5 Essential, Inspiring Quotes From J.K. Rowling’s ‘Very Good Lives’


When I found out J.K. Rowling had a new book coming out, you know I immediately had to pre-order it. I had my “confirm order” finger so ready to go, that I didn’t notice that I was ordering a copy of Rowling’s 2008 Harvard commencement speech. I was expecting something more along the line of The Happiness Project. I hadn’t read the speech before, so it wasn’t a problem, I was just surprised when the package that came in the mail was so small. 

But inside the tiny box was something only J.K. Rowling could make so magical. As tiny as the book was, it was filled with so many inspiring words about the future, and life and making your imagination do everything it can.

The illustrations going along with each page just brought it to life, and I highly recommend giving this a read, even if you just listen to the address or find a copy online! If you do decide to purchase it yourself though, proceeds go to the Lumos Foundation, which J.K. Rowling founded.

On Taking Control: “There is an expiration date on blaming your parents for steering you in the wrong direction; the moment you are old enough to take the wheel, responsibility lies with you.”

On Living On Your Own Terms: “Ultimately, we all have to decide for ourselves what constitutes failure, but the world is quite eager to give you a set of criteria if you let it.”

On Failure: “It is impossible to live without failing at something, unless you live so cautiously that you might as well not have lived at all – in which case, you fail by default.”

On Moving Forward: “The knowledge that you have emerged wiser and stronger from setbacks means that you are, ever after, secure in your ability to survive. You will never truly know yourself, or the strength of your relationships, until both have been tested by adversity. Such knowledge is a true gift, for all that it is painfully won, and it has been worth more than any qualification I ever earned.”

On Life: Your qualifications, your CV, are not your life, though you will meet many people of my age and older who confuse the two. Life is difficult, and complicated, and beyond anyone’s total control, and the humility to know that will enable you to survive its vicissitudes.

Have you read J.K. Rowling’s speech? What’s some of the best advice you’ve ever received?

5 Relatable Moments From Nora Ephron’s ‘I Feel Bad About My Neck’

8765Hi, and happy weekend! If you haven’t heard of her before, Nora Ephron is the writer of two of my favorite movies of all time: You’ve Got Mail and Sleepless in Seattle. Meg Ryan and Tom Hanks being adorable, basically. I’d looked at some of her books before, but had never gotten around to actually, ya know, reading them. But since I’ve had next to no time to read lately, I thought a super short, funny collection of essays could be just the thing for me.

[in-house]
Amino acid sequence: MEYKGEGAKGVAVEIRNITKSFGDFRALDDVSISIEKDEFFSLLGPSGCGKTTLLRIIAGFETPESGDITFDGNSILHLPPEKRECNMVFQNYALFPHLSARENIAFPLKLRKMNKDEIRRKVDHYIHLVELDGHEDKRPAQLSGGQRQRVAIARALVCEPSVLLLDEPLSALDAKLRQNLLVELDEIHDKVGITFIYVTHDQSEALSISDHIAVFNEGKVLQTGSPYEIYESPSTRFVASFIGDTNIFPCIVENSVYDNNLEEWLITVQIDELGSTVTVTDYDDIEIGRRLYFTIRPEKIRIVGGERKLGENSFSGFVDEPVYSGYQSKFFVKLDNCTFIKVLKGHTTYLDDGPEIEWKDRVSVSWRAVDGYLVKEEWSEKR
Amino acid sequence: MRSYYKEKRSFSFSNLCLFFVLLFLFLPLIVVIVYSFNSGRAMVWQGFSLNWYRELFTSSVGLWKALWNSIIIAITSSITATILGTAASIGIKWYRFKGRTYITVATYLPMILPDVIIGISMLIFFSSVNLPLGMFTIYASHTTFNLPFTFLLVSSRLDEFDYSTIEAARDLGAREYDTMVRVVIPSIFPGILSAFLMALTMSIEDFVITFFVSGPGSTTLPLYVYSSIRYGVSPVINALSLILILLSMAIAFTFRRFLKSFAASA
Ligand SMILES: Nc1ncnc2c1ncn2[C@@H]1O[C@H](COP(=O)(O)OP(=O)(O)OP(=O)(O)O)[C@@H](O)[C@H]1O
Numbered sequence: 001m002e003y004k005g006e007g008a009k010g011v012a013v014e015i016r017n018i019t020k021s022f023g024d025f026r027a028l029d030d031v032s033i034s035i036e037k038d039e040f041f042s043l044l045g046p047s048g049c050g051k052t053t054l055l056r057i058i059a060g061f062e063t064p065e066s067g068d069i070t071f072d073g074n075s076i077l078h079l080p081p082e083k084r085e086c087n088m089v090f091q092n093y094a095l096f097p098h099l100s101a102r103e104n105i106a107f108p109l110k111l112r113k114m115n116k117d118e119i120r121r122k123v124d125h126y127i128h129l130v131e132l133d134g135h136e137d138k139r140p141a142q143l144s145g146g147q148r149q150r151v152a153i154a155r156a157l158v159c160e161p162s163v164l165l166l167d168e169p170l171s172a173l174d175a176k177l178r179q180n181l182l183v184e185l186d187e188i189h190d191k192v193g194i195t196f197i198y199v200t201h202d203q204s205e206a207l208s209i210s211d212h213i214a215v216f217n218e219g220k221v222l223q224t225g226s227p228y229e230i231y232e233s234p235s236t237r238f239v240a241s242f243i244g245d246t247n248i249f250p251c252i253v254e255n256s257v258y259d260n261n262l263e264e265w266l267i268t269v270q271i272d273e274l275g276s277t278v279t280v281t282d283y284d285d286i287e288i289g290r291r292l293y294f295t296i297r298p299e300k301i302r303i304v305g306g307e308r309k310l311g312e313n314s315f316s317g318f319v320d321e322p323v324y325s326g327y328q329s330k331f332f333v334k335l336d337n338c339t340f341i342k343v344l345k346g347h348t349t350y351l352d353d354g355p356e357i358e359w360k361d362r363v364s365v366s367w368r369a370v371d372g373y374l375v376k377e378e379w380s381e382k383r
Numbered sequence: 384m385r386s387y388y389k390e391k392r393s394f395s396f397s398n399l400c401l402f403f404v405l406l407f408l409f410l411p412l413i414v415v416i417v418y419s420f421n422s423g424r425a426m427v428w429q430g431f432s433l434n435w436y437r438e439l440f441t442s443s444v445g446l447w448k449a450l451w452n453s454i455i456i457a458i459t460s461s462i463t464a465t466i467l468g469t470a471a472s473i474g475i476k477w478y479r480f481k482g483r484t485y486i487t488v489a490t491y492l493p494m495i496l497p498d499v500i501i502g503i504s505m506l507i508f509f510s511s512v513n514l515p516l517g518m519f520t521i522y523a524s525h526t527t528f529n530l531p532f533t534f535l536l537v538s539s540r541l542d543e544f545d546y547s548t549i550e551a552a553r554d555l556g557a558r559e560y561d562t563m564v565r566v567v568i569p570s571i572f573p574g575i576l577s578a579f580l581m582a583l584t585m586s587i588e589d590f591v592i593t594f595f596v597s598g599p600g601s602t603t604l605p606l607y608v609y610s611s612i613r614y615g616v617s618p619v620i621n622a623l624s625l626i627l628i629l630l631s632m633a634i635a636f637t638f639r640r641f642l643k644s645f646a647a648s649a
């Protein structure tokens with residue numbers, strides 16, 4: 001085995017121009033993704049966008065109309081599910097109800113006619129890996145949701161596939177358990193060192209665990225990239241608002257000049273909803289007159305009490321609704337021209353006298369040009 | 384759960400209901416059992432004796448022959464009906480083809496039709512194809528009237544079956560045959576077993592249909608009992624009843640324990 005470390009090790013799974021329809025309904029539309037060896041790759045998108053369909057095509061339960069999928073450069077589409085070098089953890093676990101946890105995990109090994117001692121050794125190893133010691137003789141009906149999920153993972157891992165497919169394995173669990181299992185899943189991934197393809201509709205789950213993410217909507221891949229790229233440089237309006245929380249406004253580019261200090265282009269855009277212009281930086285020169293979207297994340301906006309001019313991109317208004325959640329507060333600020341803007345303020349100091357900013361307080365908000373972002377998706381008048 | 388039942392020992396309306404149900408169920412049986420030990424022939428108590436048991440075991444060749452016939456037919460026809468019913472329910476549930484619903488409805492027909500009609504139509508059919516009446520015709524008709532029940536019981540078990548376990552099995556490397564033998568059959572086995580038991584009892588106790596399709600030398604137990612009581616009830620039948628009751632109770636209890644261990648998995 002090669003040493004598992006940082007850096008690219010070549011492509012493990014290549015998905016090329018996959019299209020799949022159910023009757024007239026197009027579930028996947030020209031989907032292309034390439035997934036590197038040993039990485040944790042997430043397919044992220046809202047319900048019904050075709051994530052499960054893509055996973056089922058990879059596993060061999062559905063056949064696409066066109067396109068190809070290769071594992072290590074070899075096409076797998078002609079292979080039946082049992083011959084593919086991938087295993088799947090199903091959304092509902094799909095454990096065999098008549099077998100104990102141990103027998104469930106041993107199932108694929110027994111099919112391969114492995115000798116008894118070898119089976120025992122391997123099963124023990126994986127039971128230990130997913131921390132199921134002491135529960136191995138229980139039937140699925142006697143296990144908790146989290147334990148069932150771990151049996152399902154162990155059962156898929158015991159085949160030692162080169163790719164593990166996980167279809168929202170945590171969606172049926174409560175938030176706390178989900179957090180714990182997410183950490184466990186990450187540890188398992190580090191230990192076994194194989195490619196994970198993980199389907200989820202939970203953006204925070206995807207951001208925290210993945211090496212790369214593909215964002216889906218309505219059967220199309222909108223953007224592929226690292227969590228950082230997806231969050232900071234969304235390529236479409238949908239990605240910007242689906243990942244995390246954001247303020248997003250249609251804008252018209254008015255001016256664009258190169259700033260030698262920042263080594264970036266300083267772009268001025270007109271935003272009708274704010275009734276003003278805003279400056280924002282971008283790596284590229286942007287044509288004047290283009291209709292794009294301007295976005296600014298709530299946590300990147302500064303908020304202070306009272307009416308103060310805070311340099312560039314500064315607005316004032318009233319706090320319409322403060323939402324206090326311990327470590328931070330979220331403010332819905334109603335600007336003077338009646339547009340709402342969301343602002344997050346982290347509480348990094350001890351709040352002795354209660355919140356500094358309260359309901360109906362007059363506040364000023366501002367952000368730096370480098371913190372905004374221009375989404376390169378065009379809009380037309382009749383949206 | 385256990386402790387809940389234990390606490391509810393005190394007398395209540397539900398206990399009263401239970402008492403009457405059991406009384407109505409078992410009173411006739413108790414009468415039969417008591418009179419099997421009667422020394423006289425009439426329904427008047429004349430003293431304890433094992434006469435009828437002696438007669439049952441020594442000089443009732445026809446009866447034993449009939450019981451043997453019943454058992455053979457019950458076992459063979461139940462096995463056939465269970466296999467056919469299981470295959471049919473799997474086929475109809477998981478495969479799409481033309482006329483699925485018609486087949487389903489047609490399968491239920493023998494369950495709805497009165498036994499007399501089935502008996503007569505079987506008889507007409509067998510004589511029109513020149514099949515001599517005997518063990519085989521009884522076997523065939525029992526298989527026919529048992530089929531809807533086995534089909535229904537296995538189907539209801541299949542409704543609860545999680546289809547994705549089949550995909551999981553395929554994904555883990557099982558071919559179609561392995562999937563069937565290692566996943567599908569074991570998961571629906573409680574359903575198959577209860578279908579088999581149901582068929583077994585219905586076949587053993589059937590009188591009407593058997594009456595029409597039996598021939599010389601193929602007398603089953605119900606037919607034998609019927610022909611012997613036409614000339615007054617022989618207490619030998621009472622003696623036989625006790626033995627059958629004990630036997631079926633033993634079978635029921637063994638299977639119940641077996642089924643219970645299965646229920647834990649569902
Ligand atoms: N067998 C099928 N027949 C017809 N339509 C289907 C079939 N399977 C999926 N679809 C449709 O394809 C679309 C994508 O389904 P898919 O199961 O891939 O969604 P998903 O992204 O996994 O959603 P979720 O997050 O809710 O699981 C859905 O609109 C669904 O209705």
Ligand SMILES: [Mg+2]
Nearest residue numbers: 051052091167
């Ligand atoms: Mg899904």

It was completely the thing I needed. She made me laugh, she made me think, and she made me nod my head in complete agreement. I will say though, that I didn’t know I Feel Bad About My Neck was about getting old, going in, but even that ended up being fine. Sure, I don’t have a flabby neck or kids, but that doesn’t mean I won’t some day!

So, without further ado, the five most relatable and funny moments from this collection:

“I Hate My Purse:” “This is for women who hate their purses, who are bad at purses, who understand that their purses are reflections of negligent house-keeping, hopeless organization, a chronic inability to throw anything away, and an ongoing failure to handle the obligations of a demanding and difficult accessory. This is for women whose purses are a morass of loose Tic Tacs, solitary Advils, lipsticks without tops, Chapsticks of unknown vintage…”

“On Rapture:”“Reading is everything. Reading makes me feel like I’ve accomplished something, learned something, become a better person. Reading makes me smarter. Reading gives me something to talk about later on. Reading is the unbelievably healthy way my attention deficit disorder medicates itself. Reading is escape, and the opposite of escape; it’s a way to make contact with reality after a day of making things up, and it’s a way of making contact with someone else’s imagination after a day that’s all too real. Reading is grist. Reading is bliss.”

“On Maintenance:” “…the amount of maintenance involving hair is genuinely overwhelming. Sometimes I think that not having to worry about your hair anymore is the secret upside of death.”

“Consider the Alternative:” “Here are some questions I am constantly noodling over: Do you splurge or do you hoard? Do you live every day as if it’s your last, or do you save your money on the chance you’ll live twenty more years? Is life too short, or is it going to be too long? Do you work as hard as you can, or do you slow down to smell the roses? And where do carbohydrates fit into all this? Are we really all going to spend our last years avoiding bread, especially now that bread in American is so unbelievable delicious? And what about chocolate?”

What I Wish I’d Known:” “Write everything down. Keep a journal. Take More pictures. Whenever someone says the words ‘our friendship is more important than this,’ watch out, because it almost never is.”

What have you been reading lately?